Singer and song-writer Chantal Kreviazuk is a Canadian icon who never fails to bring her listeners home. She is someone who loves the euphoria of performing, which is why after a seven year hiatus, she will be back to touring, promoting her new album Hard Sail. “To get to that moment [on stage], it is what we call enlightenment. It is so outer-worldly for me. It is like Christmas every day when touring. It’s scary as hell and exciting,” Kreviazuk says.
Kreviazuk began her career in 1997 with the launch of her debut album Under these Rocks and Stones. This album was critically acclaimed and led to Kreviazuk’s first Juno Award nomination as Best New Artist. In the following year, Kreviazuk’s cover of “Leaving on a Jet Plane”, originally written by John Denver, was featured in the hit movie Armageddon. This song was arguably the turning point of her career and put her on the international stage.
Kreviazuk went on to create six albums, winning two Junos in 2000 for best pop album and best female artist. She also received an Order of Canada, one of the most prestigious awards a Canadian can be given, for her non-profit work and contributions to Canadian society. Kreviazuk is the honourary founder of War Child Canada and has traveled to Iraq, Ethiopia and Dafur to provide humanitarian assistance. She has contributed to several albums for the charity and also created the song “Na Miso” for the Enough project, another initiative to end genocide and war worldwide. Kreviazuk has also been a champion supporter for Sick Kids Hospital and Children’s Hospital Foundation in Winnipeg.
“I see myself as a human being and a global citizen,” Kreviazuk says. “I think the most important thing is to respond to that call to action. We all have that in us.” Kreviazuk intends to teach her children the importance of charity work as well. Prior to beginning her tour in November, Kreviazuk will be taking her oldest son to Peru with the Starkey Foundation to help doctors install hearing aids for low-income children.
One of the tracks on Hard Sail that has gained attention is ‘Vicious’. The main chorus of the song is “Please forgive me, I’m trying to survive/The wolves are vicious over here on my side/And I’m sorry, I’m sorry/There’s nothing else anybody can do/This is the life some say we all choose/And I’m sorry, I’m sorry”, reflecting the desperation of living in a war-torn world.
It has been rumoured that the song was made about girls who were being sold as sex slaves by ISIS, but Kreviazuk was on hand to set the record straight. “The reason I wrote the song is because of the work I’ve done over the course of twenty years that directly correlates with the girls at risk,” she says. “It talks about the science of war mortality. We are all in this high alarm action process and we need to calm down. We need to calm down before we hit the button and drop the bomb.” She goes on to explain that the song is about the wars that we fight in our daily lives as well as the larger wars that plague humanity, and how they are interconnected.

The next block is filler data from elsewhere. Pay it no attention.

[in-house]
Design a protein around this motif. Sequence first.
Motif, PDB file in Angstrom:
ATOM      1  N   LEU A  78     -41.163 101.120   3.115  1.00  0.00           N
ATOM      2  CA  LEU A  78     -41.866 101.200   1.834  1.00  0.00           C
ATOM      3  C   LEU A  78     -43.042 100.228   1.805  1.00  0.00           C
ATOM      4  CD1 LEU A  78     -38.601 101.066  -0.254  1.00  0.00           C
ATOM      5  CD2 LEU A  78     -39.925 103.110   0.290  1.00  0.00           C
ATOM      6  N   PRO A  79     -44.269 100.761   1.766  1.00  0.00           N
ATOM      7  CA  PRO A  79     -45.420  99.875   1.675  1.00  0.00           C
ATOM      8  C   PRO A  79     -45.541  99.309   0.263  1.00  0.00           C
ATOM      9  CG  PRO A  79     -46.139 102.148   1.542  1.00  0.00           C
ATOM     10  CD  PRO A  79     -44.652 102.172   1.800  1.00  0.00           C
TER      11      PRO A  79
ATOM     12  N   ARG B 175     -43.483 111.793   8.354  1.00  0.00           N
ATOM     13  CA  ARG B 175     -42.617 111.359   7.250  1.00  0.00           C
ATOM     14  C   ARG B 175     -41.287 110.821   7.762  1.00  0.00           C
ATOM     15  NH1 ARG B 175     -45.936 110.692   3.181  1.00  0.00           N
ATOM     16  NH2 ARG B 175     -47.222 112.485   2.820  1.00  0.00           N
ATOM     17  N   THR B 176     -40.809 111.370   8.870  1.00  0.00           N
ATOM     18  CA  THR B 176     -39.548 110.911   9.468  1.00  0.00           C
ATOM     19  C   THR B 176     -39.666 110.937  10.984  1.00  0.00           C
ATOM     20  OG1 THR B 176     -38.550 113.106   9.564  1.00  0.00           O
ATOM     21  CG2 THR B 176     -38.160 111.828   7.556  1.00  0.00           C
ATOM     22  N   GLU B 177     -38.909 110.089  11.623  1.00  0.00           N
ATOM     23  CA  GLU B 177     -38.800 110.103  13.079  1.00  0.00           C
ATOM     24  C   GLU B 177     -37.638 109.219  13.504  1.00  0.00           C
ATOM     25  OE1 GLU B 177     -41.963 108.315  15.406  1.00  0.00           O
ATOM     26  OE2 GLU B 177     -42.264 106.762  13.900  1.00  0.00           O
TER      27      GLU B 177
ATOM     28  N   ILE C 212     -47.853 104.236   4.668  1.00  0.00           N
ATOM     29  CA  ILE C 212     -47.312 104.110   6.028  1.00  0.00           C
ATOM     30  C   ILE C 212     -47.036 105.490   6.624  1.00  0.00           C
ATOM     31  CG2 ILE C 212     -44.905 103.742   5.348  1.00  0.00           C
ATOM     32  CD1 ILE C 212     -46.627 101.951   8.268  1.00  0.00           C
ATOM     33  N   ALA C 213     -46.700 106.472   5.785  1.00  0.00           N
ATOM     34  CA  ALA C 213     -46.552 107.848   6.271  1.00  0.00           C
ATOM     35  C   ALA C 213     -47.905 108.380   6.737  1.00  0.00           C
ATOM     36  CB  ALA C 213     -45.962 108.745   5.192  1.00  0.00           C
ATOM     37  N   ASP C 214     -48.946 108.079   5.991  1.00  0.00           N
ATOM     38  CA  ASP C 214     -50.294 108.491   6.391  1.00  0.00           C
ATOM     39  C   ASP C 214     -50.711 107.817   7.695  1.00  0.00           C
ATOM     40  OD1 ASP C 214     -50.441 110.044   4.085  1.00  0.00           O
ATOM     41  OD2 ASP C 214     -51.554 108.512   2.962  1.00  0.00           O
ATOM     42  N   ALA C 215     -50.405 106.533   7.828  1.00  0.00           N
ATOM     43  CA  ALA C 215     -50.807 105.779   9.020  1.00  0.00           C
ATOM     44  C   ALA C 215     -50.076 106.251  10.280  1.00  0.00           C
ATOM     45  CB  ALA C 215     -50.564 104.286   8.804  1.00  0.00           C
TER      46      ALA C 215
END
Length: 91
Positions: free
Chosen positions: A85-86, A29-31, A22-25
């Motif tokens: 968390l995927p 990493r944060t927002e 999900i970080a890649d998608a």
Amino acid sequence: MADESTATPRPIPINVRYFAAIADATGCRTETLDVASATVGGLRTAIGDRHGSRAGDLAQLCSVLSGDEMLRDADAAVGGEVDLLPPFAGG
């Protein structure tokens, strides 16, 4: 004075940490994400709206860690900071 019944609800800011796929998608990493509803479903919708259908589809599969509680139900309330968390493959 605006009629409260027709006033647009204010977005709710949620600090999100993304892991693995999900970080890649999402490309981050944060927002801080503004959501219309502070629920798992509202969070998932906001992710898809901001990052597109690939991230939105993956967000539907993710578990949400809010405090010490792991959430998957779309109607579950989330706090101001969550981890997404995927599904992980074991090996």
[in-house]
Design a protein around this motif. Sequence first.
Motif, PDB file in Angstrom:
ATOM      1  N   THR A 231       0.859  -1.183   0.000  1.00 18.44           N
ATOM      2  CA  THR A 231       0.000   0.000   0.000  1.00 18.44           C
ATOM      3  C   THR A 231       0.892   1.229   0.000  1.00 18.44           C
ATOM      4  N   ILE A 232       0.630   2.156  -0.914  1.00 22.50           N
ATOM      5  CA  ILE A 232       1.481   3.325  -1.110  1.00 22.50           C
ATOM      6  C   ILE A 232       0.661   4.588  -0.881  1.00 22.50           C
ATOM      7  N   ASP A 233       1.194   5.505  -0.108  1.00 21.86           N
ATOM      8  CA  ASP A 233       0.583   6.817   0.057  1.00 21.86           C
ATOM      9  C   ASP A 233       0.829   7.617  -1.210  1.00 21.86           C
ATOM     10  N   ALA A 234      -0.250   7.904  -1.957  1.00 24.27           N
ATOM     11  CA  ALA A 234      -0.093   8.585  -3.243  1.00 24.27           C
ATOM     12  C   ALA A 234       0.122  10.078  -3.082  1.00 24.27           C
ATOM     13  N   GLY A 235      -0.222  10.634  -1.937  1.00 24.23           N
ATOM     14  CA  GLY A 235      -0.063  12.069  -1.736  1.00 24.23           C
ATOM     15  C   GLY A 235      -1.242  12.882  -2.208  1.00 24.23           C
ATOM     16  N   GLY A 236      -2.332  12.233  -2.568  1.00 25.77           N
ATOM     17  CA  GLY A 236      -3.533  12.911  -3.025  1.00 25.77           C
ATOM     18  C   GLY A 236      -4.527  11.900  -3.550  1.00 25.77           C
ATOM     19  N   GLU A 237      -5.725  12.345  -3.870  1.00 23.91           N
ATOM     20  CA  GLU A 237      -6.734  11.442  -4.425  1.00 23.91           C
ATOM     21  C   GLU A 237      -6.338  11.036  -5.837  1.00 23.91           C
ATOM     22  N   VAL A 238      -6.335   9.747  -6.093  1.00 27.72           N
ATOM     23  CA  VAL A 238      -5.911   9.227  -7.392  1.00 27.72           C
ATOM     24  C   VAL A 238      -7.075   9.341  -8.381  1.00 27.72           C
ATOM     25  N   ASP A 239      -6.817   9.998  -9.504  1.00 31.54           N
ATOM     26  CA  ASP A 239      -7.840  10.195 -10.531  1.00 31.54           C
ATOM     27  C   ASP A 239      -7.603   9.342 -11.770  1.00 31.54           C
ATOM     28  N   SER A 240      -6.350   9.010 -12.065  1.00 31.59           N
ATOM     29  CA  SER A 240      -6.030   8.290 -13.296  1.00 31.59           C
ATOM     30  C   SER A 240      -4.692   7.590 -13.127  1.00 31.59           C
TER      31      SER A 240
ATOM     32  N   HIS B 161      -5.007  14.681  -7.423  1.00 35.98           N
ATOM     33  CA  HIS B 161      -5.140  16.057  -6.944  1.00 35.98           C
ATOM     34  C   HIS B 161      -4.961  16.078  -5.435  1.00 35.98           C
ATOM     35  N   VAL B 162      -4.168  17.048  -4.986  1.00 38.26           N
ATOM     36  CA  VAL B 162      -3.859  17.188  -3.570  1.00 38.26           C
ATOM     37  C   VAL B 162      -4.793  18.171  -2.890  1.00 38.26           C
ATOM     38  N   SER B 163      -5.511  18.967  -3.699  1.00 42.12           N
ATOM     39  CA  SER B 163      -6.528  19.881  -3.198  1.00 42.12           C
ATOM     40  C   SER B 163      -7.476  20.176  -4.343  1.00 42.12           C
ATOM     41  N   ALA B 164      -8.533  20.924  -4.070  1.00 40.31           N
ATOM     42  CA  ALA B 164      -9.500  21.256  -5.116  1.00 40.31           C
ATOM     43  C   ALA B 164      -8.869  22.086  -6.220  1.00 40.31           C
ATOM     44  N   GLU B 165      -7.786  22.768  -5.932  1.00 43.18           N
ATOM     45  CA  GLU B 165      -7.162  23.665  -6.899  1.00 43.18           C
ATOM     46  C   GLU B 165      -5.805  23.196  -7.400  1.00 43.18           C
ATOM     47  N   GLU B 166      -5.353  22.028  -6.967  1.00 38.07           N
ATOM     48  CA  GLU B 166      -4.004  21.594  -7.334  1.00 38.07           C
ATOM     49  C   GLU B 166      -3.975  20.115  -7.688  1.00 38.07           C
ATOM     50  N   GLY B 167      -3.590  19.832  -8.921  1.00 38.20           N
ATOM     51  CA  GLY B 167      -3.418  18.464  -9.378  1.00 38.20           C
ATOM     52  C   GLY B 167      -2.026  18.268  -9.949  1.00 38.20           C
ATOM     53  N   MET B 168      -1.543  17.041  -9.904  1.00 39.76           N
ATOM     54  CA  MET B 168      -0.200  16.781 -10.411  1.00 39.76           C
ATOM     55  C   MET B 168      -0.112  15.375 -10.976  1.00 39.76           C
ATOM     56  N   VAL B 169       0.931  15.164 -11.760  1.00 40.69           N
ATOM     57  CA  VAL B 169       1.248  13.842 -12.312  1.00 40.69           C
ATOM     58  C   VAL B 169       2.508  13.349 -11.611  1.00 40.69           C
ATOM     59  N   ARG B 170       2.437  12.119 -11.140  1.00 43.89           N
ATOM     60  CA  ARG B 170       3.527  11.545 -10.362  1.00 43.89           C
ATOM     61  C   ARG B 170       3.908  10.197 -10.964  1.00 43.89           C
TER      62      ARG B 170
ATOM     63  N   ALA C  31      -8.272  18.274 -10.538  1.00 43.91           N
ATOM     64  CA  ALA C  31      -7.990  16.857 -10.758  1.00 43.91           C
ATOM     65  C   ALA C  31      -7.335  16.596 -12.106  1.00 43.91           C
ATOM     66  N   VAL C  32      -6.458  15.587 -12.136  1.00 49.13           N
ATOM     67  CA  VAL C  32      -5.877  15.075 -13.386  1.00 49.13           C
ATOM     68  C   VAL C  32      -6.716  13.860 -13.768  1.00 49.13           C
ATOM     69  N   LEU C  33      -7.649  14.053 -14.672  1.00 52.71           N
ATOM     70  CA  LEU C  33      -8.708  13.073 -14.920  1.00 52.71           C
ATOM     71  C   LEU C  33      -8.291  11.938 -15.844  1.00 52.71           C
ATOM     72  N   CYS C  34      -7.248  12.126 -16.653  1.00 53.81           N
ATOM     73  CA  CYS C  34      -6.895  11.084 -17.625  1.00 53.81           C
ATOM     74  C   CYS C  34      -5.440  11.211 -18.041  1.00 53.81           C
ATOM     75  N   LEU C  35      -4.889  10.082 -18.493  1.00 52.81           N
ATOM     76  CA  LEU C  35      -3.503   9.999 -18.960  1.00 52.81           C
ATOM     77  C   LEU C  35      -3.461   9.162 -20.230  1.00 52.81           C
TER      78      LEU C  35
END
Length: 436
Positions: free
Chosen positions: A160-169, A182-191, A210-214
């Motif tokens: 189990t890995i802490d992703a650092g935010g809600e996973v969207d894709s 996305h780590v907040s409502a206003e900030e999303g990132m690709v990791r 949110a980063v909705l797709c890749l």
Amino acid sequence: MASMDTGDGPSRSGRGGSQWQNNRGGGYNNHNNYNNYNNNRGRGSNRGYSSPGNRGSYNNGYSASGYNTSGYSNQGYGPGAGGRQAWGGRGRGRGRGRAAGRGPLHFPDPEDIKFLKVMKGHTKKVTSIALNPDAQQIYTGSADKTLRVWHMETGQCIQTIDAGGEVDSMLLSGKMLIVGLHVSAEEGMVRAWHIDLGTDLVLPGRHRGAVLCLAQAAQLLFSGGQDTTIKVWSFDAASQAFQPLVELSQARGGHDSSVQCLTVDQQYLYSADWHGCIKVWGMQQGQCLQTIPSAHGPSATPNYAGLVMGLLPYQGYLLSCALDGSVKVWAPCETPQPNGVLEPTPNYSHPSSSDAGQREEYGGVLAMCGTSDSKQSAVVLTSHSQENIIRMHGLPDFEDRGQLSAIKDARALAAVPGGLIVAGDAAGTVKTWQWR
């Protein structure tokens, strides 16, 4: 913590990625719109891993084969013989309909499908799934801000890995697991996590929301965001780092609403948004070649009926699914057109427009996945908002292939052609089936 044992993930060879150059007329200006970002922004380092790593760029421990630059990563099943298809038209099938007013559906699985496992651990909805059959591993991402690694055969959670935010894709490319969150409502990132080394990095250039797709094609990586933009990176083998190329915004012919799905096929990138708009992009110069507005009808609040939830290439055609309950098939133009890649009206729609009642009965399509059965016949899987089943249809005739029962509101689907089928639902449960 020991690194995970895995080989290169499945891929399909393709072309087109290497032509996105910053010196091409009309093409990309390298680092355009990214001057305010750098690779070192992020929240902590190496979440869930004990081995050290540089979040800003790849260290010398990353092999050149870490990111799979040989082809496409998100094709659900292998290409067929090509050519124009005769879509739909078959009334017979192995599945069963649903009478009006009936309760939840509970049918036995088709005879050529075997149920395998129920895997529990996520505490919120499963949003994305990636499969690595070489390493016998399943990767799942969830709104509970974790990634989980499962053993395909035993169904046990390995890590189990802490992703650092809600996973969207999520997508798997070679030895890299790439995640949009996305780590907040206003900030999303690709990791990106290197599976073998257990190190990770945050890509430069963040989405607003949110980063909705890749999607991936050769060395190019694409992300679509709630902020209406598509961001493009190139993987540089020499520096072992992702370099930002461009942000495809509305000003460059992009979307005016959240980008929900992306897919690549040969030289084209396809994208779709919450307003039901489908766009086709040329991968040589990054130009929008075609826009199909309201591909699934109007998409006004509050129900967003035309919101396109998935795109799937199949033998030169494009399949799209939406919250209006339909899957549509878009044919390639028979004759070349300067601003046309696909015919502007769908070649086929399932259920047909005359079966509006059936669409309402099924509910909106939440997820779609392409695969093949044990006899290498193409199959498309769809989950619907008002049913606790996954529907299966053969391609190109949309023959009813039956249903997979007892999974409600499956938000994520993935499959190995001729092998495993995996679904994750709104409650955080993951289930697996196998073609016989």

Kreviazuk has also performed songs on many notable movie soundtracks, including a cover of Randy Newman’s ballad, ‘Feels Like Home’ that was used on Dawson’s Creek and How to Lose a Guy in 10 Days. She also recorded the song of “In My Life” for the TV show Providence. Lastly, she performed the song Time in the movie, Uptown Girls. She has also done song writing for other artists including Pink and Kendrick Lamar. “I really enjoyed working with Pink, and Kendrick Lamar,” Kreviazuk says. “It is a really cool experience to work with someone who lives their craft. They really encapsulate being an artist. They are our ‘Dylans’ and ‘Jonis’”.
Kreviazuk is also an active supporter of young women musicians looking to break into the industry. When her husband, Our Lady Peace frontman, Raine Maida forwarded her a couple tracks from one of his friends in Alberta who was looking to launch her singing career, Kreviazuk saw the talent of the young singer and immediately took her under her wing.
“I got through one verse of one song, and I felt like she did something so different from me. I invited her to work with me in my studio in L.A.,” Kreviazuk says. “This is a young woman who is committed to music. It is such a risk and there is no guarantees. It is easy for me to say don’t do it, but she has fire. She will do it anyways, so how can I help her? What information can I give her that took me 30 years to learn? Some things you can’t teach, you have to go through it, but other things you can teach a young person.”
Kreviazuk likes to read on her own time and is currently reading Democracy of America by Alexis de Tocqueville. When on the road, she also always takes a candle and takes a break to do yoga when she has can.
Kreviazuk released a new album called Hard Sail recently in June 2016 and will be touring with her new album starting in November.